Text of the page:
Controversial online voting registation begins in Minnesota

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Controversial online voting registation begins in Minnesota

Voters will still be able to register using traditional methods, such as through a political party or on election day.

Voters will still be able to register using traditional methods, such as through a political party or on election day.

photo courtesy of Caroline Yang

Voters will still be able to register using traditional methods, such as through a political party or on election day.

photo courtesy of Caroline Yang

photo courtesy of Caroline Yang

Voters will still be able to register using traditional methods, such as through a political party or on election day.

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On Tuesday, as Minnesotans will head out to exercise their constitutional right by selecting local representatives at the polls, they may find the process more streamlined than before, thanks to a new provision by the Minnesota Secretary of State which introduced online voter registration.

The new system allows an eligible voter to register online as opposed to going through a political party, county official, or on election day; while it may seem like a simple change, there has been quite a lot of pushback from those on both sides of the aisle. “Secretary of State Mark Ritchie has clearly overstepped his authority and taken the law into his own hands. It’s not Mark Ritchie’s job as Secretary of State to write new laws.” MN GOP spokeswoman Rebekah Clearman said.

The issue of jurisdiction has been a concern for many, specifically concerning who should have made such a decision. Secretary of State Mark Ritchie, the man in charge of Minnesota voting, asserts that despite criticism, he did have the right to make such a call. “In 2000, the legislature passed a law that required agencies to acknowledge online fillings,” Secretary of State Mark Ritchie said, “My office sees online voter registration as a requirement by that law.”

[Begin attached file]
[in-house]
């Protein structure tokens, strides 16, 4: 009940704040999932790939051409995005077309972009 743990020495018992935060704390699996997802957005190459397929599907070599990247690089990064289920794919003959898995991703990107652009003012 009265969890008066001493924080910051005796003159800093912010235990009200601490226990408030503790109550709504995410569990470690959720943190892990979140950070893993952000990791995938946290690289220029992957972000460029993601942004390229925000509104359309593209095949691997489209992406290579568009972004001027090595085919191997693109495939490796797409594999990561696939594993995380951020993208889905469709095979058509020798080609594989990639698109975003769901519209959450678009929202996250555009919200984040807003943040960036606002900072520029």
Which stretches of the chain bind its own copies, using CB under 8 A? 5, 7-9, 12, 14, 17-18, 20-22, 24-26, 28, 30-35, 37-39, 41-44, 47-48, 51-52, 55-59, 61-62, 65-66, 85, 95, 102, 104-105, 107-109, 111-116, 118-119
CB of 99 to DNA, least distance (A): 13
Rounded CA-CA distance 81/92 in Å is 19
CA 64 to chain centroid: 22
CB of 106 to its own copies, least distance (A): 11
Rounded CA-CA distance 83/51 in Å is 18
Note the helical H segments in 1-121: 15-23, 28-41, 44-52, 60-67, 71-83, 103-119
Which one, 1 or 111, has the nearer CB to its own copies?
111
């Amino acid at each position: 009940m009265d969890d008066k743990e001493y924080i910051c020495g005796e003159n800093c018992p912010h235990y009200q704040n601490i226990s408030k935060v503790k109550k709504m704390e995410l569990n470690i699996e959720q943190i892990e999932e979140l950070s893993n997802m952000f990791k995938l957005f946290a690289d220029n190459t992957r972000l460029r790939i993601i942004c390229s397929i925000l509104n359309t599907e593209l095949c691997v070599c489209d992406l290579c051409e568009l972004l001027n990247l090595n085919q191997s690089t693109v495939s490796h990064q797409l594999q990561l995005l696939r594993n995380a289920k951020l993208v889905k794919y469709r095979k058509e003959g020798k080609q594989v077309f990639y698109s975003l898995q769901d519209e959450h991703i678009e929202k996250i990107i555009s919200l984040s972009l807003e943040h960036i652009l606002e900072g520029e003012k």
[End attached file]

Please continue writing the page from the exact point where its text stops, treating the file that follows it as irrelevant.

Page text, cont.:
There are quite a few concerns from supporters alike, but are still skeptical about the possible implications. One such issue is privacy protection, and identity theft. “Because we have had data privacy issues as a state in the past we want to make sure that we take time and have all eyes looking at it, and have the checks and balances in place,” DFL Senator from District 44, Terri Bonoff, said.

As MN secretary of state, was Mark Ritchie overstepping his bonds in enacting online voter registration?

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Despite vocal unease, Ritchie believes the new system does a better job protecting voter’s privacy. “We’ve had an online system for voter registration lists for about thirty years and never had a problem because there’s a lot of steps in place to prevent attacks to the service. It’s great,” Ritchie said.

While there are some skeptics, many on both sides acknowledge the need for such a system, and the subsequent benefits. “I think it will be positive, especially with regard to new voters––it’s important that we are 21st century ready, and have those options available,” Bonoff said.

Economics also plays a role in the new system, with some estimates saying it could save Minnesota upwards of a million dollars. “These online services have proven to be much less expensive––you save about eighty cents per filing at the county level, and in a big year there will be about 800,000 voter registrations in Minnesota,” Ritchie said.

The new system also hopes to expand voter registration and participation through the more streamlined process. “I think this will have a positive impact on my constituents, especially with new voters in high density locations to be able to avoid longer lines at the polling places and the hassle that can come with registration,” Senator Bonoff said.

Minnesota joins 14 other states with online voter registration, and those on both sides of the issue will be watching closely in the upcoming elections to see the effects of this new initiative.

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